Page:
In addition to actual adoption, there are also many kids who see their extended families more than their immediate family because of geography. Some kids have to attend schools very far from their village so they board on campus. When there’s a long weekend, they stay with extended family (to whom they may be quite distantly related) who live nearby. In this way, sometimes extended family members help to raise children and support the education of their wantoks’ kids.
I can’t believe I’ve actually come this far into the entry and only just now used the word ‘wantok’! Anyone who has ever had anything to do with PNG will be familiar with this word. It comes from English ‘one talk’ and can be used by the speaker to refer to anyone from their same language group. This may mean the same general language group – or more specifically, those who speak the exact same dialect. Or, it may more simply refer to your ‘clan’ or extended family. In PNG, the word ‘wantokism’ is also thrown around, sort of in place of ‘nepotism’. Basically, if someone’s your wantok you are obliged to help them if they’re in town, give them accommodation, give them a discount, vote for them, etc. It can mean great things in that the community looks after itself (which is crucial without a functioning welfare system) but it can also make it very hard for police to make necessary arrests, employers to employ fairly, etc. PNG is not the only place of course where the saying ‘it's who you know’ is king. In PNG though, ‘it’s who you’re related to’ that sometimes becomes even more important. Interestingly, I’ve even seen modern advertising catch on to the power of the word ‘wantok’. Digicel, a huge telecommunications company, has very fetching posters all around town which refer to everyone on the Digicel network as ‘digicel wantoks’ – Don Draper would most certainly approve.
From what I understand, the wantok system works all over PNG. How the family is structured though, seems to differ somewhat depending on the cultural group in question. As I’ve mentioned before, Tolai are matrilineal but patriarchal and so the highest authority in the family is the oldest male on one’s mother’s side. In order to understand a system so counter intuitive to me, I asked some colleagues to help me work out just who in my family would currently be the head.
First, it was established that I have no surviving grandparents. They then told me that my mother’s eldest brother would be the head of the family. Very good, but my mother has only two sisters. So, they asked, does the eldest sibling (of my mother’s) have any boys? Well yes, actually my wonderful Auntie Jan has two sons, the eldest being Stuart. Aha – they said, he is the head of your family clan. I emailed Stuart to tell him of his good fortune – clan leader! The bad news for Stuart is that although he must be consulted on important family matters, he doesn’t actually own any of our fictional land. Land is passed on to the female family members. Women own the land and take it with them when they marry and men have authority in important decisions (like how it is used). I ran a few scenarios by my colleagues and it seems that when bride price is paid (to the bride’s family), it is often the men on the bride’s side who gain financially. However, if the eldest male figure is any good, he will ensure that the bride’s husband treats her and their subsequent children well and can step in if things are not going smoothly. Not sure to what extent this actually happens though…..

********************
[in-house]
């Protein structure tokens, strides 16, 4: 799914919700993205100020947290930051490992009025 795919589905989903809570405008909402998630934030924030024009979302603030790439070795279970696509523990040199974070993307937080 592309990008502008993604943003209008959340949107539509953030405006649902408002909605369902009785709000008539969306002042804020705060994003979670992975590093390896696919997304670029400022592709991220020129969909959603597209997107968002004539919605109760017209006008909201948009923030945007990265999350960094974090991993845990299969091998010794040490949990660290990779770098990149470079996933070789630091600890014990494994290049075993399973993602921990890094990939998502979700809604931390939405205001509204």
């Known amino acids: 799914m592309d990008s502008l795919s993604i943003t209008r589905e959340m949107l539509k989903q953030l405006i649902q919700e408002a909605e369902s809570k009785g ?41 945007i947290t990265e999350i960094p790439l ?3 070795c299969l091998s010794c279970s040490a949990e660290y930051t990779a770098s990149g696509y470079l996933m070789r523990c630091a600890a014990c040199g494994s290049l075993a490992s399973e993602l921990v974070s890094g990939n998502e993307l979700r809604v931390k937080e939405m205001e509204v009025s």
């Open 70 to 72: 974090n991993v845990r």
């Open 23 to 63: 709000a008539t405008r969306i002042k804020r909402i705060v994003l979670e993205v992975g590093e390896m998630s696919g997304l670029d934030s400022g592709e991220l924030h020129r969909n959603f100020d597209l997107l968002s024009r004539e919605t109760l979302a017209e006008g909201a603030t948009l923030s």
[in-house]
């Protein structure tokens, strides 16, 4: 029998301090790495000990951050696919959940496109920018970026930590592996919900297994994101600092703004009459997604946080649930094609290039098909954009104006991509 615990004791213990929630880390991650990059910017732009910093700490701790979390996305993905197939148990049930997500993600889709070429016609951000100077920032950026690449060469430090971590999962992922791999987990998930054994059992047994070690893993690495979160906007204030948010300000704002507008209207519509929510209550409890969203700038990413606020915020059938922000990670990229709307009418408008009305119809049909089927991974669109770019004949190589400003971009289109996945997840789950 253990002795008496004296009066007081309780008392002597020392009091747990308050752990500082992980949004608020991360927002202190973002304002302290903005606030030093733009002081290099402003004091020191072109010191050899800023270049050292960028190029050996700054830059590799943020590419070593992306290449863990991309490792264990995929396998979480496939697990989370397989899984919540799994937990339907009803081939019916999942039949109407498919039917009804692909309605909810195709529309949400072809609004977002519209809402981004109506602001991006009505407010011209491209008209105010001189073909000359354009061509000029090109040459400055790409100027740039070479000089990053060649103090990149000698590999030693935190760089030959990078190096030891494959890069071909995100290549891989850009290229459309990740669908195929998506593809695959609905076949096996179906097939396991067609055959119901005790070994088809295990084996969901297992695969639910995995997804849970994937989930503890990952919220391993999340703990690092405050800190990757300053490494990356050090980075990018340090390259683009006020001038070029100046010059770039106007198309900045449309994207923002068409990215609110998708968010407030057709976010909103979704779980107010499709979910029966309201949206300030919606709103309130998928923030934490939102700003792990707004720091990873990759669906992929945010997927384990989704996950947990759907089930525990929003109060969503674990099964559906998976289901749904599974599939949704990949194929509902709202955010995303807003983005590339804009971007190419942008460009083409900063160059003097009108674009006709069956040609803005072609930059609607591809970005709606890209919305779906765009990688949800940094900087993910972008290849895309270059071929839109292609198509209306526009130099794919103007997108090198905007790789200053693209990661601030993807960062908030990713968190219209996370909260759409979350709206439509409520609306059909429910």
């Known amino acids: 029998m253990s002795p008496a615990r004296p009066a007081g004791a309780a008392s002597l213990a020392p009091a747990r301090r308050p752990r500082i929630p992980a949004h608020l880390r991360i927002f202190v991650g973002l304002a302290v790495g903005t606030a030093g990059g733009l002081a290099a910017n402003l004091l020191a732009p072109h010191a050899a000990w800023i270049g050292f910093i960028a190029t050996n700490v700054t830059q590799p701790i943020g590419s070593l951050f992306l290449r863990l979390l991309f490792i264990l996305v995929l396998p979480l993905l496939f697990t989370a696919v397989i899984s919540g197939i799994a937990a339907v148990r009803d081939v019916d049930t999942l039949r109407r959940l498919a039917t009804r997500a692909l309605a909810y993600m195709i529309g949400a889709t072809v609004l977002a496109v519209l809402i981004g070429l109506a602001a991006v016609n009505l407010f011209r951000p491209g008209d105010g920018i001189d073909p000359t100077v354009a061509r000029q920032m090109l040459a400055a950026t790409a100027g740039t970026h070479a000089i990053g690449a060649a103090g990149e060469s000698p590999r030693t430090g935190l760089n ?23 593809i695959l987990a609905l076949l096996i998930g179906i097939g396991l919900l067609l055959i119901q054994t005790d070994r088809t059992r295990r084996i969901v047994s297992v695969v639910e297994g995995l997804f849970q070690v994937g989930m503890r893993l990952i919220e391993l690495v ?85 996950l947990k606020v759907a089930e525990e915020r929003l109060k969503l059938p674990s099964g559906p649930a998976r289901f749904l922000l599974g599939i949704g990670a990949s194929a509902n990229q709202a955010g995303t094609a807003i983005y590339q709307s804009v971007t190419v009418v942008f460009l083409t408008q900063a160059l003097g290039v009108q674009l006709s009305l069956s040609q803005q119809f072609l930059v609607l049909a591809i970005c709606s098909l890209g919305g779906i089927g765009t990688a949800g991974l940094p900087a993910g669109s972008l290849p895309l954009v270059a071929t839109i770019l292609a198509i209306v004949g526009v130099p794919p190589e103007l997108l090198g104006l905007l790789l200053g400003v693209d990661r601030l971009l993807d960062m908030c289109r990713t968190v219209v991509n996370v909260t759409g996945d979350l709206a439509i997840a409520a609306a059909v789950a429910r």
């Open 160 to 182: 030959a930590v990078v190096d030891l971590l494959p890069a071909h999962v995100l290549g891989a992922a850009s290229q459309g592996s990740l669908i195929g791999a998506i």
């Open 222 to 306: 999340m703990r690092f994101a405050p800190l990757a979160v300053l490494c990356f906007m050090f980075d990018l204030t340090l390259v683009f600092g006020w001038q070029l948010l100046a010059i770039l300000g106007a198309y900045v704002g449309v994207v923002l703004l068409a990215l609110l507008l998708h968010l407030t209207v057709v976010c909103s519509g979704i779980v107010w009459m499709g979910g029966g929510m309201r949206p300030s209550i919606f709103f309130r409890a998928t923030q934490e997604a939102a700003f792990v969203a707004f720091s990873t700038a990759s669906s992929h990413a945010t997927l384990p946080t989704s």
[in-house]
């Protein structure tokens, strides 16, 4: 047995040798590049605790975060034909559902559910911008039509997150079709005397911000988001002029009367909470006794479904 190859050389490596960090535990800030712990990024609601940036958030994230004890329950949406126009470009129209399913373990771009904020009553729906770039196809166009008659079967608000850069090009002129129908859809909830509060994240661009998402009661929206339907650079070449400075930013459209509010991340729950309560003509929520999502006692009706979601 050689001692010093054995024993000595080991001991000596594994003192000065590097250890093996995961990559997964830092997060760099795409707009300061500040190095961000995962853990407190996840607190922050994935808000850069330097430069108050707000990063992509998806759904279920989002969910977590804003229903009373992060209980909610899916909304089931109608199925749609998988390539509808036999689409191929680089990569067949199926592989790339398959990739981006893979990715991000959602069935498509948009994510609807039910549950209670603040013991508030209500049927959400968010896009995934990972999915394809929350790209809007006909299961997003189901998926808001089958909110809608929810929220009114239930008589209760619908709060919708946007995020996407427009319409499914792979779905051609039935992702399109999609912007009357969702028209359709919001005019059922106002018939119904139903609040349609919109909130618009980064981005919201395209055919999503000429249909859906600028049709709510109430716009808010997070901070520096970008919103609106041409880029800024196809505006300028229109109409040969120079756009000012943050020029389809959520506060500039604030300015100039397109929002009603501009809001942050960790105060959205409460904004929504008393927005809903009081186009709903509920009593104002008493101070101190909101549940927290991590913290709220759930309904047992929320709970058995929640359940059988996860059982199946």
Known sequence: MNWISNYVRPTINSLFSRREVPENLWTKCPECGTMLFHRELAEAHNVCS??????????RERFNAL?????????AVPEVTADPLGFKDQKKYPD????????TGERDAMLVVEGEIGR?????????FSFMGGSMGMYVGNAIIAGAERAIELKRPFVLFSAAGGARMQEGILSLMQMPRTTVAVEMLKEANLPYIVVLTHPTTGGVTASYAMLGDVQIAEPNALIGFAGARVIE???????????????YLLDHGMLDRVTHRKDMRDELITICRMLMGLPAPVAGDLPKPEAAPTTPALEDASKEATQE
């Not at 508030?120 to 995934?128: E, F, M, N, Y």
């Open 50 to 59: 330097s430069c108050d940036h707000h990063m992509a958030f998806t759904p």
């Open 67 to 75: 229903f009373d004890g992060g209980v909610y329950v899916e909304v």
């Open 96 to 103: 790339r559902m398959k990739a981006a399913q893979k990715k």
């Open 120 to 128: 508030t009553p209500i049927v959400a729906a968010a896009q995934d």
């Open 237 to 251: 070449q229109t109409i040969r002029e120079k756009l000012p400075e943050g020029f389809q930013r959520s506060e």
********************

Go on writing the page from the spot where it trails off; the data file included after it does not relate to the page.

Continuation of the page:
Tolai people are also divided into 2 groups called Pikalaba and Marmar (this I know from reading student work). Traditionally you belong to one (depending on your family) and marry into the other. Punishment for a relationship within the one group was death. I guess in this way, intermarrying amongst families could be prevented. One student wrote though, that her parents were both Pikalaba (this doesn’t mean they are blood relatives, there are tens of thousands of people in one group) and so couldn’t marry according to custom. The community, (perhaps in recognition that they weren’t blood relatives?) decided to be practical and allow this love marriage to occur by holding a ceremony where the bride changed groups. The bride-to-be's parents distributed shell money to the witnesses and so she became a Marmar. They were then married and the community accepted it. I have heard other stories where the children of ‘same group’ marriages are referred to by offensive names but clearly, at least in some instances, the community is able to look at a particular situation and be flexible.